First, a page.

OLYMPIC LIFTS

 

Olympic weightlifting may be an unfamiliar approach to resistance and power training for many personal trainers. It can be an intimidating endeavor for those who lift slowly using lower weights and higher rep ranges. Let’s talk about what Olympic weightlifting really is, and how a conventional lifter can incorporate this beneficial approach into their programs.

What does Olympic weightlifting involve?

To begin with, Olympic lifts involve lifting a heavy barbell from the floor and putting it over your head. There are just two disciplines currently within Olympic weightlifting:

The Snatch: A quick pull of the barbell from deadlift position to an overhead squat bottom position, to a standing overhead position.

via GIPHY

The Clean and Jerk: The barbell is lifted from the floor from deadlift position quickly to a front squat position, then pressed overhead by driving it from the lower body up into a split-stance overhead position.

via GIPHY

These two lifts predate powerlifting and bodybuilding as a sport and are still included in the Olympic games. (The clean and press, involved pressing the weight overhead without the assistance of a lower-body drive, and caused too many injuries).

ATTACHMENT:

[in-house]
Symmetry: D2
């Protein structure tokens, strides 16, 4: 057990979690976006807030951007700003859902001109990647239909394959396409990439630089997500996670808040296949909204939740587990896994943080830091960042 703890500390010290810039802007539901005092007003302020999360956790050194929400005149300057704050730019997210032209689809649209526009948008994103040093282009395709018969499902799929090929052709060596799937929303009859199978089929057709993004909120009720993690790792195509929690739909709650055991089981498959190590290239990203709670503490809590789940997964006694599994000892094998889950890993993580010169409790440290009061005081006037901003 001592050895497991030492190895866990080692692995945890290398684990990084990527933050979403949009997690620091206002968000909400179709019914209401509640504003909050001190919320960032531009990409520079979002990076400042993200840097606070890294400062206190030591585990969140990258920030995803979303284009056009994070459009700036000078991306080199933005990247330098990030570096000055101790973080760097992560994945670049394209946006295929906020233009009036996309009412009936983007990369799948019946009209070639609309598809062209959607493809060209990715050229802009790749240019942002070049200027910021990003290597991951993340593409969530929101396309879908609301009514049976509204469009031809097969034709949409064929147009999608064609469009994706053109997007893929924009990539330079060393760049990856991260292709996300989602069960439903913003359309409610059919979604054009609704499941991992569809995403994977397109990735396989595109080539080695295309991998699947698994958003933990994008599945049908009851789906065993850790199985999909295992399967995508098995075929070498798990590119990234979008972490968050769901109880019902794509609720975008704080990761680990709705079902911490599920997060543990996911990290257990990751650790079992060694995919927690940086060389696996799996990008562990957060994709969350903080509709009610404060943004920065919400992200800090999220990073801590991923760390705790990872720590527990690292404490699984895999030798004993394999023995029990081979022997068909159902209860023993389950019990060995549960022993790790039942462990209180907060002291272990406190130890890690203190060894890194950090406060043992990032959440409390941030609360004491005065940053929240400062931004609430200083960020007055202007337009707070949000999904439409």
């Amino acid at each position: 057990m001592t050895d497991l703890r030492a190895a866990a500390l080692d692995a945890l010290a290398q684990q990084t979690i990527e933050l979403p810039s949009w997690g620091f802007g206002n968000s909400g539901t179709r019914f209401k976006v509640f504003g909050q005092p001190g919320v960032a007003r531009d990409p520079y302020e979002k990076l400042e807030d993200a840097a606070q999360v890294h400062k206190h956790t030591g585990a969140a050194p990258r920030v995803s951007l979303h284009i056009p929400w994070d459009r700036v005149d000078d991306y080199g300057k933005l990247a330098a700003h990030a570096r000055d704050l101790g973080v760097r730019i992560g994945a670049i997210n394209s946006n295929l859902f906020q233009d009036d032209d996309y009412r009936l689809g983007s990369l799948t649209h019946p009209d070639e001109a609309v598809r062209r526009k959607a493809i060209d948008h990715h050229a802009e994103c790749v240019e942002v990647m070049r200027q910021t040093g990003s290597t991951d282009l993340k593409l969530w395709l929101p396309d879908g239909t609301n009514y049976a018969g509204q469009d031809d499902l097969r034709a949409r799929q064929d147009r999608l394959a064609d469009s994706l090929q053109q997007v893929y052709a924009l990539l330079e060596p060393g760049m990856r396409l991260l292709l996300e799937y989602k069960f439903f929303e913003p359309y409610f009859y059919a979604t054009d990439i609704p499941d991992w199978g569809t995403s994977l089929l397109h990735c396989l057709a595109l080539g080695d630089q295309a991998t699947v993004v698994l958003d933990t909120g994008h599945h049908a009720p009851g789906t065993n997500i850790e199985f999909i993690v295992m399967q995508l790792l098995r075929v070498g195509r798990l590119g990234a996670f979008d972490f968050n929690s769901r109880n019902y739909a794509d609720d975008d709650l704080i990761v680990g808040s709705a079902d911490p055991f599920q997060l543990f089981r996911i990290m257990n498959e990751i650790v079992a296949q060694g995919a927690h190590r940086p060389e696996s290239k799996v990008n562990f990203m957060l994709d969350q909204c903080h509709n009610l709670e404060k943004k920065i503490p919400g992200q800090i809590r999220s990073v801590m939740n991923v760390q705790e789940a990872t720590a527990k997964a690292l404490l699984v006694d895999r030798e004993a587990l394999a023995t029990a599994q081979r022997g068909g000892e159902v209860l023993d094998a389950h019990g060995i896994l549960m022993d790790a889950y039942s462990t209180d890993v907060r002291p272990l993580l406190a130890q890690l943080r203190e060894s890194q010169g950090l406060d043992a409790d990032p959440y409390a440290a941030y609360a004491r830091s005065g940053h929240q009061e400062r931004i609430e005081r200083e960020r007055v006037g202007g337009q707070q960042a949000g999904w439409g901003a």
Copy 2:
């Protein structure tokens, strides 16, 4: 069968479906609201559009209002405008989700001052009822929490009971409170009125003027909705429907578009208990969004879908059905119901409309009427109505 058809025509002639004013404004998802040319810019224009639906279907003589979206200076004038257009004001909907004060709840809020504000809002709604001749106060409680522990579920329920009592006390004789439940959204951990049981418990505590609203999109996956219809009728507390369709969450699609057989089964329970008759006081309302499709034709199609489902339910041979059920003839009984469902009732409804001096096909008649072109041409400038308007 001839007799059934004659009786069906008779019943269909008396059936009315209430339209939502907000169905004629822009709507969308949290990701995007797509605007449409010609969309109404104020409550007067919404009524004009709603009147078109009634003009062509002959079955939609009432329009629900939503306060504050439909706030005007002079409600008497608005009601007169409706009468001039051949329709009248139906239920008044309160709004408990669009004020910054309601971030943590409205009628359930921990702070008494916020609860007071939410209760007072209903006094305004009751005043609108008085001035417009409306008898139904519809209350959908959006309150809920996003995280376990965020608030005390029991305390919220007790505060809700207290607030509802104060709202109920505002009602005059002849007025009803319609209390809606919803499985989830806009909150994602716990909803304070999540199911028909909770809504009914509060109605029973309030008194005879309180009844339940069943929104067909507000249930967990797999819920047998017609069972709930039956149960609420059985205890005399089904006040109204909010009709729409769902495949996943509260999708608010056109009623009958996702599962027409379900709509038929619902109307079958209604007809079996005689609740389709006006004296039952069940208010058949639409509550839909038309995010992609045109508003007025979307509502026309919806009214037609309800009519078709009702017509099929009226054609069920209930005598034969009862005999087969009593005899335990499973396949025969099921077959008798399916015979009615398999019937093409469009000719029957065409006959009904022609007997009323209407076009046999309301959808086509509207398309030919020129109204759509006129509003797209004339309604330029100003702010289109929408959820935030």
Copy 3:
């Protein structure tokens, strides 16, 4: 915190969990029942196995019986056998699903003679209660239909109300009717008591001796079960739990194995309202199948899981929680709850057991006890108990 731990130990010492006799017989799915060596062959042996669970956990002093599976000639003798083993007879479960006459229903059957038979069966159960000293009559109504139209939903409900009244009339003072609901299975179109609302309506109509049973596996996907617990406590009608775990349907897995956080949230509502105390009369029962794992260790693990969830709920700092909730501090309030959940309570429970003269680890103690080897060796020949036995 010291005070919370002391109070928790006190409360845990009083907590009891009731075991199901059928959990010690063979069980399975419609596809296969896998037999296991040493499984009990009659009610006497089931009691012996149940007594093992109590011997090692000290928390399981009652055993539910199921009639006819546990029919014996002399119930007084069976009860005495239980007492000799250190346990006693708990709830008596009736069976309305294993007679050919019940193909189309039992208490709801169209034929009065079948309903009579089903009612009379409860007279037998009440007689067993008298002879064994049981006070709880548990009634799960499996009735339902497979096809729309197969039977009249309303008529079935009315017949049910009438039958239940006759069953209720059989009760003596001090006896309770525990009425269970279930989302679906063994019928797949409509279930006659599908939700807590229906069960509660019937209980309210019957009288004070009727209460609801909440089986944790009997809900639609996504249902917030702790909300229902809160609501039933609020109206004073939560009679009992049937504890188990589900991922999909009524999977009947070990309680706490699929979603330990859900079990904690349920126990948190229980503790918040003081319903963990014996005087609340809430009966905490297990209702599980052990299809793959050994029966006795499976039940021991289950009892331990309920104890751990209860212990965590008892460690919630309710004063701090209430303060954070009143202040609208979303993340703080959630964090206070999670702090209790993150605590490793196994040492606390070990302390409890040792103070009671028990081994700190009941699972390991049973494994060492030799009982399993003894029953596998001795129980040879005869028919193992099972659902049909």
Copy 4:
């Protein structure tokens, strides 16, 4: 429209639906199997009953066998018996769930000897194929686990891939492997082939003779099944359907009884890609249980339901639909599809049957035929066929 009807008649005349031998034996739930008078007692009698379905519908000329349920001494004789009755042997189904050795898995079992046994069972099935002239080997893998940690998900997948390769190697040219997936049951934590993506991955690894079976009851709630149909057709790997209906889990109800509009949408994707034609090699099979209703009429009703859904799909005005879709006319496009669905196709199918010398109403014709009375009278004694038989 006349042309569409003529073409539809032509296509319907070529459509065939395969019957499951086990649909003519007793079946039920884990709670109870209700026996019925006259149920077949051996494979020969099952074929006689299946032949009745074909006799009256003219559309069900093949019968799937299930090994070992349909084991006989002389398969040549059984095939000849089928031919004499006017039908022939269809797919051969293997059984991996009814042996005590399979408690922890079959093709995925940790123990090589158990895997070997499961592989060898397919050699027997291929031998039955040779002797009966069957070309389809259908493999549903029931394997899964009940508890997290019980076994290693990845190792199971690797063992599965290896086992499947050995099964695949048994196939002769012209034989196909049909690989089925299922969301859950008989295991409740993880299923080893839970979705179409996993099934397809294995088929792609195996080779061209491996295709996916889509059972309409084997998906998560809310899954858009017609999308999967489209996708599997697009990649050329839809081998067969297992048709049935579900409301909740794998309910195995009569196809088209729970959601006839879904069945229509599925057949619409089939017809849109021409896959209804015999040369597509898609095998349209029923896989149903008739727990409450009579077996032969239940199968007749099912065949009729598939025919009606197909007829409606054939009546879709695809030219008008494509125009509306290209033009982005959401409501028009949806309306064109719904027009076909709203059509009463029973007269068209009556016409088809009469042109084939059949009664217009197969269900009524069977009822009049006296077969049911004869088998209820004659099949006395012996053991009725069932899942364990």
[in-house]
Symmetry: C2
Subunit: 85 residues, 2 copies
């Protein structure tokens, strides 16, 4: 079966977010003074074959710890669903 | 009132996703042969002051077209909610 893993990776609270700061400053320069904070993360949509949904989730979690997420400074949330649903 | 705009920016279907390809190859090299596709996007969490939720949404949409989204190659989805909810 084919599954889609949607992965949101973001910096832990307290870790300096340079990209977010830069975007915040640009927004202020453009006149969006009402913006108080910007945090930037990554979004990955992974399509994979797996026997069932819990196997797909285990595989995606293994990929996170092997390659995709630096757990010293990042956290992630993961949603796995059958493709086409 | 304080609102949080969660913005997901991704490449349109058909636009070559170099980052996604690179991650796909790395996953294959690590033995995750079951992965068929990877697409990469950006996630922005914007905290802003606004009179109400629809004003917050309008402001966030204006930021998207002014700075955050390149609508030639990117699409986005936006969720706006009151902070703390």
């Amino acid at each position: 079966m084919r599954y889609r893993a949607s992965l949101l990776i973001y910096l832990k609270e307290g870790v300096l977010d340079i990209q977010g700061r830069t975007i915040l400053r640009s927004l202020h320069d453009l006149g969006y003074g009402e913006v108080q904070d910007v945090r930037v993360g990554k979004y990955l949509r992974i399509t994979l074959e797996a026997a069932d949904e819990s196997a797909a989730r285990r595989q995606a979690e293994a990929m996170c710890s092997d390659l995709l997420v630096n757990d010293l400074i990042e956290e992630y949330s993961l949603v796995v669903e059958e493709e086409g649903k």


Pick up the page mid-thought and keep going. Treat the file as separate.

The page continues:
Who is performing Olympic lifts?

Olympic weightlifting athletes have incredible skill and mobility. The elite lifters in this sport are capable of lifting double to three times their bodyweight overhead. In the 2012 Olympic Games in London, a 56 kilogram (123 pounds) lifter successfully lifted 168 kilograms (370 pounds) overhead.

Much of their ability, aside genetics, can be attributed alone to simply performing the lifts consistently. The development of these athletes results in 40-yard dash times and vertical jumps that would make an athlete in any professional sport jealous. And, in fact, Olympic weightlifting is one of the main tenets of program design for professional athletes due to the developmental gains this style invokes.

Can trainers incorporate Olympic Weightlifting into client programs?

Currently, there are two major issues with incorporating Olympic weightlifting into training programs. Firstly, most training programs today are based on “functional training” programs, possibly causing some trainers to shy away from incorporating Olympic lifting fearing it may be harmful to their trainee.

Many are correct in this sense, but this is mainly because most trainers are unaware of how to properly utilize the lifts themselves and err by adding weight too quickly. Experienced trainers can take the movements and integrate them in a program to allow for improvements in flexibility, motor control, and amelioration of force generation.

In fact, using the lifts and their variations to increase mobility will improve any athlete’s performance no matter what age or level. In order to perform the lifts at any level of efficiency, adequate hip, shoulder, and thoracic spine flexibility is necessary. If a trainee’s mobility in any or all of these areas is not ideal, variations of the lifts can improve the ability of individuals to perform them, by growing stronger in the greatest range of motion.